Chapter 5: Building Interpersonal Trust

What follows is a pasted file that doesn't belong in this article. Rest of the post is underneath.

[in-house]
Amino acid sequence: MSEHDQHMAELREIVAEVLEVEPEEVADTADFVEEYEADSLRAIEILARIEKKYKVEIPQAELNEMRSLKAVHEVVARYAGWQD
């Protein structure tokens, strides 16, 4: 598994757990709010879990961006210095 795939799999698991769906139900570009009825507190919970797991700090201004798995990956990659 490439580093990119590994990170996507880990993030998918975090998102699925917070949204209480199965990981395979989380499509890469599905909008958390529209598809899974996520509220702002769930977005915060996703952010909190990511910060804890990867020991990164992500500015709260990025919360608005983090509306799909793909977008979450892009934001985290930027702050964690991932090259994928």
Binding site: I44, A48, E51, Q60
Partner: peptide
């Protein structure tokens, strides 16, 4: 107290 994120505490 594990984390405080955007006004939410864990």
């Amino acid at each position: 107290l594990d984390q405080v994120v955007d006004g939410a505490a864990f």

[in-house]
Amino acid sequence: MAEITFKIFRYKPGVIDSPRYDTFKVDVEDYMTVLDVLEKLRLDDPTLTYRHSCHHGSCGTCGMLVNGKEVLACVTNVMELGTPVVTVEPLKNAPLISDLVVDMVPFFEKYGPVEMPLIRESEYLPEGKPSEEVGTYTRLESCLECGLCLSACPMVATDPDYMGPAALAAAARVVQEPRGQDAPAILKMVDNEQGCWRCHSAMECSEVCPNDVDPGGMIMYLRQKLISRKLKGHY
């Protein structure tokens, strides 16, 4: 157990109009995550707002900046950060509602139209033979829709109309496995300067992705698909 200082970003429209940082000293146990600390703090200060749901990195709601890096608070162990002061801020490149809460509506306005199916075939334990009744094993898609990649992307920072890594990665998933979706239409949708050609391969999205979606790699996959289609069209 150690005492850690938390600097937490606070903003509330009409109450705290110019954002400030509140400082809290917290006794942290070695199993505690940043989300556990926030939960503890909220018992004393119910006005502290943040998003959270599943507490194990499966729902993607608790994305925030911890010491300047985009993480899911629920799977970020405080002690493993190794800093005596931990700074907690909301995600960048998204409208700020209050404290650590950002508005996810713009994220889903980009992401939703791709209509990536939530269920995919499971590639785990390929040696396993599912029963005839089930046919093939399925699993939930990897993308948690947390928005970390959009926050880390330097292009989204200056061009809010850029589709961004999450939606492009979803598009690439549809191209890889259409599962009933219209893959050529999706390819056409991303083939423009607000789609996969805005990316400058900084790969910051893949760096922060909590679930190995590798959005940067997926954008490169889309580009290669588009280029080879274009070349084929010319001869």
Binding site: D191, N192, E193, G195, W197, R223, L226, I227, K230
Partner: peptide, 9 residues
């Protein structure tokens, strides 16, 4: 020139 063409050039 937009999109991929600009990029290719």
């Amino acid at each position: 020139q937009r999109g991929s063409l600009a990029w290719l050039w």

The previous chapter showed that interpersonal trust was built to significantly higher levels at Krauthammer than at Deerns and that Krauthammer had created an organizational context that was better at enhancing trust building than Deerns. This chapter examines whether actual behaviour as performed by Krauthammer employees is more conducive to trust building. Acting in ways that help build interpersonal trust implies acting in ways that send (unambiguously) positive relational signals, which was the third strategy for stabilizing normative frames. The first section examines which actions tend to be considered as trust-building actions and why, and the second section examines empirical results from the survey analysis. TRUST-BUILDING ACTIONS The actual behaviour of the two individuals involved in a relationship is crucial to whether trust can be built within that relationship or not. A trustenhancing organizational context stimulates and guides behaviour that will help build trust, but cannot guarantee such behaviour. The precarious nature of the normative frame implies that positive relational signals need to be sent regularly. Trust needs regular nurturing and will become depleted if not (the second characteristic of trust). Several authors have discussed actions that have been shown to help build interpersonal trust1 and this section examines these actions for their positive relational signal (see Table 5.1). A positive relational signal is behaviour that contributes to the well-being of the other individual who perceives it as an indication of the stability of the first individual’s normative frame. It is perceived to signal ‘other regard’ and will usually entail...
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